This instalment of Seven Plays features selections soundtracking a week in the life of Aurora Brainsky-Roth. Originally from the US, Aurora relocated to the UK in 2017 to pursue graduate studies. As forgetful angel, she takes a considered and emotionally vivid approach to DJing, sometimes in collaboration with her husband, the producer ootheca. She has also written essays of videogame criticism for Fanbyte. The breadth of her taste is touched on below, featuring classic sample originations and very contemporary covers alike.
Monday: Womack & Womack – “Take Me”
A perfect melody. Renders rudimentary synth pad presets, rippling guitar and subtle Linndrum rhythms as an infinite celestial expanse cushioning Linda’s pleading, far-off swoon. I’ve been playing Everything But The Girl’s dreamy sophistipop cover a lot, too.
Tuesday: Keith Hudson – “Darkest Night On a Wet Looking Road”
Apocalyptic loner dub metal. “Evil…”
Wednesday: Motörhead – “Overkill”
To be honest, I made a loop of the eight-second drum intro in Traktor and listened to that for about an hour.
Thursday: Phoebe Bridgers – “Nothing Else Matters”
Forever trusting who we are, and nothing else matters.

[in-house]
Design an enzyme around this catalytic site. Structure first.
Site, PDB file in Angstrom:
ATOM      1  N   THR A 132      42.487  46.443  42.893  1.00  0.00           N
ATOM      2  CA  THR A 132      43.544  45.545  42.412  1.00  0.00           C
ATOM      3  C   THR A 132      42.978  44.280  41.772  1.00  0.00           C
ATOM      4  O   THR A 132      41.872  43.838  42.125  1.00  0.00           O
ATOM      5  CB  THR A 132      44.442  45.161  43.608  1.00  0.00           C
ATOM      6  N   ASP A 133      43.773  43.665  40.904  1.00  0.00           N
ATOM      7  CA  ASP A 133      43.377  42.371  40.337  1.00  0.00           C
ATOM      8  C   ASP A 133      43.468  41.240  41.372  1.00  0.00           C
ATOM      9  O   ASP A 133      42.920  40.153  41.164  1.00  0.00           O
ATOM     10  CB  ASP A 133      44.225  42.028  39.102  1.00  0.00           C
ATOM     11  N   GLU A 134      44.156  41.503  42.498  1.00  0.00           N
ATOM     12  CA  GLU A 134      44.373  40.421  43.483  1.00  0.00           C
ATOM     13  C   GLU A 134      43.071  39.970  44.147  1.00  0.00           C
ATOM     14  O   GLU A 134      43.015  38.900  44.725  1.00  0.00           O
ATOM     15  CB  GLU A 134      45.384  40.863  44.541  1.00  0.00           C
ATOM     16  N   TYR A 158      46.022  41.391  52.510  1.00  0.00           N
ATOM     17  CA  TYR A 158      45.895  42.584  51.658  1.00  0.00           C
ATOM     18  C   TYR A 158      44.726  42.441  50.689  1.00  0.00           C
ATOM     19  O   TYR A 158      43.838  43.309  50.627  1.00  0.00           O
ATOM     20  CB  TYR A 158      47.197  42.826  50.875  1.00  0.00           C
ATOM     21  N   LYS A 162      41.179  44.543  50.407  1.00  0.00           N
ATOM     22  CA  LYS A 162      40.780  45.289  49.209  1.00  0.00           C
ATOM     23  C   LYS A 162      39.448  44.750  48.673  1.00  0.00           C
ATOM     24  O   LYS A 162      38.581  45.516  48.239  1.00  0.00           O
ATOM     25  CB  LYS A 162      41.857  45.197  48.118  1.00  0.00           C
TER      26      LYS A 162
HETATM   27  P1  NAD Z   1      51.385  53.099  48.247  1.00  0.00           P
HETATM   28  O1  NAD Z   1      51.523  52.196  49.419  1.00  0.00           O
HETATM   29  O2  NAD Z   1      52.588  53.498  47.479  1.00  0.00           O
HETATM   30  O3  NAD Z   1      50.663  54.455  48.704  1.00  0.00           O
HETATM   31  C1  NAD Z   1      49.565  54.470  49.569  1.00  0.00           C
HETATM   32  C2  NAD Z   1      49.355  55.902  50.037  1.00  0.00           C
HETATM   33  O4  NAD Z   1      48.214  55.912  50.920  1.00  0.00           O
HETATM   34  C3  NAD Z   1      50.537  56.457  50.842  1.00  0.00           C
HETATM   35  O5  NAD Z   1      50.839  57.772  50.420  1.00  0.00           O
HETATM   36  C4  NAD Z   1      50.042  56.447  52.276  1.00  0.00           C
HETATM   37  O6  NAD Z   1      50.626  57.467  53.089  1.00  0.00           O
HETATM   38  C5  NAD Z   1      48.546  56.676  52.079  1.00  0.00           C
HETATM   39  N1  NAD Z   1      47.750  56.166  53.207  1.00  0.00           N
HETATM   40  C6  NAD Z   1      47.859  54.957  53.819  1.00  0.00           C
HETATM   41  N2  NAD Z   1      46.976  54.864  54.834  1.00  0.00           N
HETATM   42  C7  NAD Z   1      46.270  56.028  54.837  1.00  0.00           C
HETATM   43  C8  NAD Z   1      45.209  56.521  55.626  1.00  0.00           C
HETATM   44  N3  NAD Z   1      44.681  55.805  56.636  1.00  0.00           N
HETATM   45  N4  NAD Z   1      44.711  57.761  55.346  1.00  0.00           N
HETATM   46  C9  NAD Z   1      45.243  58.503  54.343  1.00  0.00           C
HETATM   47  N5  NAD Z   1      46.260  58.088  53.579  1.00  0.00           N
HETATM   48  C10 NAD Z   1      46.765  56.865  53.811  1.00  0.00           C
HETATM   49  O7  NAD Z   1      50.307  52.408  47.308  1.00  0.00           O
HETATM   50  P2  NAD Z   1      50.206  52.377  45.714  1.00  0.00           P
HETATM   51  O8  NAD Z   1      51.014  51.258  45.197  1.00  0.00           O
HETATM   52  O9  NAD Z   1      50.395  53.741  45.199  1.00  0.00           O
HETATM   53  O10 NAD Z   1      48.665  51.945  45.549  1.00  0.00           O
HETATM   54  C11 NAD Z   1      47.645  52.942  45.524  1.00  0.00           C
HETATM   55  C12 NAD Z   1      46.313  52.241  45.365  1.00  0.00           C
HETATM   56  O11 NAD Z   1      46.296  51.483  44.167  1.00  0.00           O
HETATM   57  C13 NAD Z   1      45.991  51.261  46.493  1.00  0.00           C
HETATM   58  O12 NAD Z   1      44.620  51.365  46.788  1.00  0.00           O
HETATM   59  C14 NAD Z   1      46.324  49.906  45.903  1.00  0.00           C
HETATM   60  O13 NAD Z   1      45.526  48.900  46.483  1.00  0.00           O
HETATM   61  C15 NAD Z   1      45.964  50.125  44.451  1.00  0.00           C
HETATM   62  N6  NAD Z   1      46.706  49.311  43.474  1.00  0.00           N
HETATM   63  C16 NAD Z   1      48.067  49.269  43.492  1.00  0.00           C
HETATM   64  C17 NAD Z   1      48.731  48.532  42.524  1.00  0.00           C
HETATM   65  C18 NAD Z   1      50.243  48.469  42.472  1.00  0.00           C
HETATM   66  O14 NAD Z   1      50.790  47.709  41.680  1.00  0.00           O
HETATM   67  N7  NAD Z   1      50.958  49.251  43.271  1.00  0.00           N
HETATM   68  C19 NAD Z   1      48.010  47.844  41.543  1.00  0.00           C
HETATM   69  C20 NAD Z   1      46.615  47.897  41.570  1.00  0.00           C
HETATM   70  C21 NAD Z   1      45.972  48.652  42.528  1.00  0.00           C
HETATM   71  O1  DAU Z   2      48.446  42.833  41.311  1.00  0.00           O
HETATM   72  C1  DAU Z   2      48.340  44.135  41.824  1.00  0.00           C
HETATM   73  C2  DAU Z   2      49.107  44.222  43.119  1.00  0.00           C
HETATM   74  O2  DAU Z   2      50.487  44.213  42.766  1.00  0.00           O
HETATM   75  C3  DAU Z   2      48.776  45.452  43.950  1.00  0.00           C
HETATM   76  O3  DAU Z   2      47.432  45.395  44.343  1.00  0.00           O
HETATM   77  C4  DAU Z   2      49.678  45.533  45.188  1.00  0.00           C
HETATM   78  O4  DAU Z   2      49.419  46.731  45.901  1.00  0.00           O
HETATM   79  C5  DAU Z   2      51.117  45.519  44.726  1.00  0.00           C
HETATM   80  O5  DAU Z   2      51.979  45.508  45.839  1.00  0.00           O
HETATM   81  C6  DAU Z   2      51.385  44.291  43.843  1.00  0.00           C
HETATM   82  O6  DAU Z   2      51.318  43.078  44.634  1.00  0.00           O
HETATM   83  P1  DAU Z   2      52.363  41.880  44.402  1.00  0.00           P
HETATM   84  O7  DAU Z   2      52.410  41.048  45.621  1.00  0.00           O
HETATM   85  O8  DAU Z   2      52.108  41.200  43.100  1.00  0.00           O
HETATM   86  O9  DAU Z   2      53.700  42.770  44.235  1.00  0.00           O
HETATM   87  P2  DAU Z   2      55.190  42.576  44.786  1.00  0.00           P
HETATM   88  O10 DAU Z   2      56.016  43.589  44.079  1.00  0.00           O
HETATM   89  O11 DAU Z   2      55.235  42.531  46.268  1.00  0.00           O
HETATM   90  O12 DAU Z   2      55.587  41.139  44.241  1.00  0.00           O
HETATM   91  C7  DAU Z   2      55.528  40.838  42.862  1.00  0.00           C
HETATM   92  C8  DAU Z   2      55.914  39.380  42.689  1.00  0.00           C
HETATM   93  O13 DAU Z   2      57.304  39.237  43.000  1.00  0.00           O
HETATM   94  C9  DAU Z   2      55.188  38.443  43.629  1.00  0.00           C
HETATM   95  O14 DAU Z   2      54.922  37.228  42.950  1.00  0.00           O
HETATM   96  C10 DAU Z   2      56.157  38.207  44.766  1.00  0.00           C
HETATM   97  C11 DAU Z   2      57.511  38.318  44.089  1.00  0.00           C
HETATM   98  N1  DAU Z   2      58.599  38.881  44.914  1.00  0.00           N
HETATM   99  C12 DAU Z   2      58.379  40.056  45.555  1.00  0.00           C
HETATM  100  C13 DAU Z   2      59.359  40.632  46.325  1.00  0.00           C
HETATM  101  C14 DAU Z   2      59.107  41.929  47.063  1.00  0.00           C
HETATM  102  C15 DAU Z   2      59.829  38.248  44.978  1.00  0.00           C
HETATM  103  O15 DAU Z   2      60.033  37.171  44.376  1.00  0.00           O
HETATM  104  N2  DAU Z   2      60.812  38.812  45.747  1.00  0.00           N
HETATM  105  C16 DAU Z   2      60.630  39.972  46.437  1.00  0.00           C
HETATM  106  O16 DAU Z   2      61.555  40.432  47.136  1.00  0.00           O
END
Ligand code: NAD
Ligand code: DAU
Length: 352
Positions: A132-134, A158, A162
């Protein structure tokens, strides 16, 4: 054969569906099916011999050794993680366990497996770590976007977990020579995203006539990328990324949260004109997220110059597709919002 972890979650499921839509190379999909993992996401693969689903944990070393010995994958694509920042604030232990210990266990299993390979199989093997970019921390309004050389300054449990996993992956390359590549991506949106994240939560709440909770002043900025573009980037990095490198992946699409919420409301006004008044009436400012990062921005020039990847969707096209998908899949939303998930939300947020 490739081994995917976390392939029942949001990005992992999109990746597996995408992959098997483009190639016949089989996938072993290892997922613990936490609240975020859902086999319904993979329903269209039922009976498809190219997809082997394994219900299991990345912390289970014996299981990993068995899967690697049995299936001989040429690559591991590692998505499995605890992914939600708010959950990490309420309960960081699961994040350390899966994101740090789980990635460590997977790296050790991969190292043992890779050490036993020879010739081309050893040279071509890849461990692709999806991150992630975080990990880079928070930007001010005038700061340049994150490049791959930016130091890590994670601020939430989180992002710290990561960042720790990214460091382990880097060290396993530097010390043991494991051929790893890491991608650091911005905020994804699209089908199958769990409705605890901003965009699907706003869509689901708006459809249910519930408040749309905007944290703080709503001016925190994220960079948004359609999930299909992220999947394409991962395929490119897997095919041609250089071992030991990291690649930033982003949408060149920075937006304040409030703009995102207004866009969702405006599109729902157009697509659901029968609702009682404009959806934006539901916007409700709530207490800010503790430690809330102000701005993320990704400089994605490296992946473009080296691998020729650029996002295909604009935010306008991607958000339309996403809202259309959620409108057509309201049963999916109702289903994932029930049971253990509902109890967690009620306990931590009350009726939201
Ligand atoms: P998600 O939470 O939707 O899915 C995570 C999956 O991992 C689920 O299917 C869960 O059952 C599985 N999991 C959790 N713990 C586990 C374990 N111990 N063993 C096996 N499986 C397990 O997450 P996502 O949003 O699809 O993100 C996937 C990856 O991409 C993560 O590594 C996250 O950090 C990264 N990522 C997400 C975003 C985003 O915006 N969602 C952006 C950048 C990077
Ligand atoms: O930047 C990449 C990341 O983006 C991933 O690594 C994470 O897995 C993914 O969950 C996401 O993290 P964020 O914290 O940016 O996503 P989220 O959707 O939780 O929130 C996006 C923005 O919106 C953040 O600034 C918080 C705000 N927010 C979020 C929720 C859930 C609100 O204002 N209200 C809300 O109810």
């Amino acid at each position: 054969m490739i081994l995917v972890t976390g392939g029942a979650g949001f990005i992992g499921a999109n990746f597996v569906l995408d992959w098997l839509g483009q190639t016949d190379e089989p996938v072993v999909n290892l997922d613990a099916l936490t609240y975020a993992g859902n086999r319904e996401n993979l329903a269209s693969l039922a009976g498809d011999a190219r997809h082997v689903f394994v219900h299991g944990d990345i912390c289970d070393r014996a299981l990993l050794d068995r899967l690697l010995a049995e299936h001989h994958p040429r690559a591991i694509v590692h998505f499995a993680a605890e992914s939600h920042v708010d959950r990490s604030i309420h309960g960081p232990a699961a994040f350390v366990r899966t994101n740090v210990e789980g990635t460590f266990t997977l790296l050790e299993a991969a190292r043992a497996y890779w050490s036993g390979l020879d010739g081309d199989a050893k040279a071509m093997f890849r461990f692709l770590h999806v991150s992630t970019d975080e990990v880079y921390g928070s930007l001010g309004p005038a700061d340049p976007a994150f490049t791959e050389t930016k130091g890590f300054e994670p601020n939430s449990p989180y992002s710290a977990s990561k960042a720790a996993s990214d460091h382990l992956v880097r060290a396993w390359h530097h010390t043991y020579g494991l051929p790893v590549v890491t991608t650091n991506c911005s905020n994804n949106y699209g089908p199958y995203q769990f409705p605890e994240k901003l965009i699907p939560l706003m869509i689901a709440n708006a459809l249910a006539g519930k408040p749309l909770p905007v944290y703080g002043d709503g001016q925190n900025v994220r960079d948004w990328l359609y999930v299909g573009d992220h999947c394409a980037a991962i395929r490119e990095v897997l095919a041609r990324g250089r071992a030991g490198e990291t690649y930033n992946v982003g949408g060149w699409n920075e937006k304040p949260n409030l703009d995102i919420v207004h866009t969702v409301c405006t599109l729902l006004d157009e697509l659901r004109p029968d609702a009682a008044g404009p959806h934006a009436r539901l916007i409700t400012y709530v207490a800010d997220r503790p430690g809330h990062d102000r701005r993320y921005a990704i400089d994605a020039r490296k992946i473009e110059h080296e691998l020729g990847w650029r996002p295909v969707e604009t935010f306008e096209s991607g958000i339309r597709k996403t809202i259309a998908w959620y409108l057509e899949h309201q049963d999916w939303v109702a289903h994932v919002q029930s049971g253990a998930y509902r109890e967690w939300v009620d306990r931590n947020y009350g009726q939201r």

Friday: Deniece Williams – “Free”
It’s been sampled a million times (including a classic DJ Nate flip) but the original is my favorite. Those chords make me crazy, if I wrote this song I would probably die of excitement. Also maybe the best-engineered record ever made.
Saturday: Buddy Holly – “Slippin’ and Slidin’”
Slow motion proto-acid folk Little Richard cover from the posthumous Reminiscing album. Fever dream flange guitar and “Everyday”-style thigh slaps for drums. He plays the vocal phrasing almost painfully straight at first but when he lets loose that spaced out Jimmie Rodgers hiccup I’m in love. At least a decade ahead of its time.
Sunday: Source Direct – “Secret Liaison”
Angels shivering in the early winter air.
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Seven Plays is a feature where our contributors, extended family and friends keep a personal music diary for seven days, before handing the format over to another author. The aim is to keep sharing great music, this time with an individual touch that celebrates the intimacy and emotionality of our relationships with music as well as sonic excitement and technical prowess.
Read our previous installments of Seven Plays here.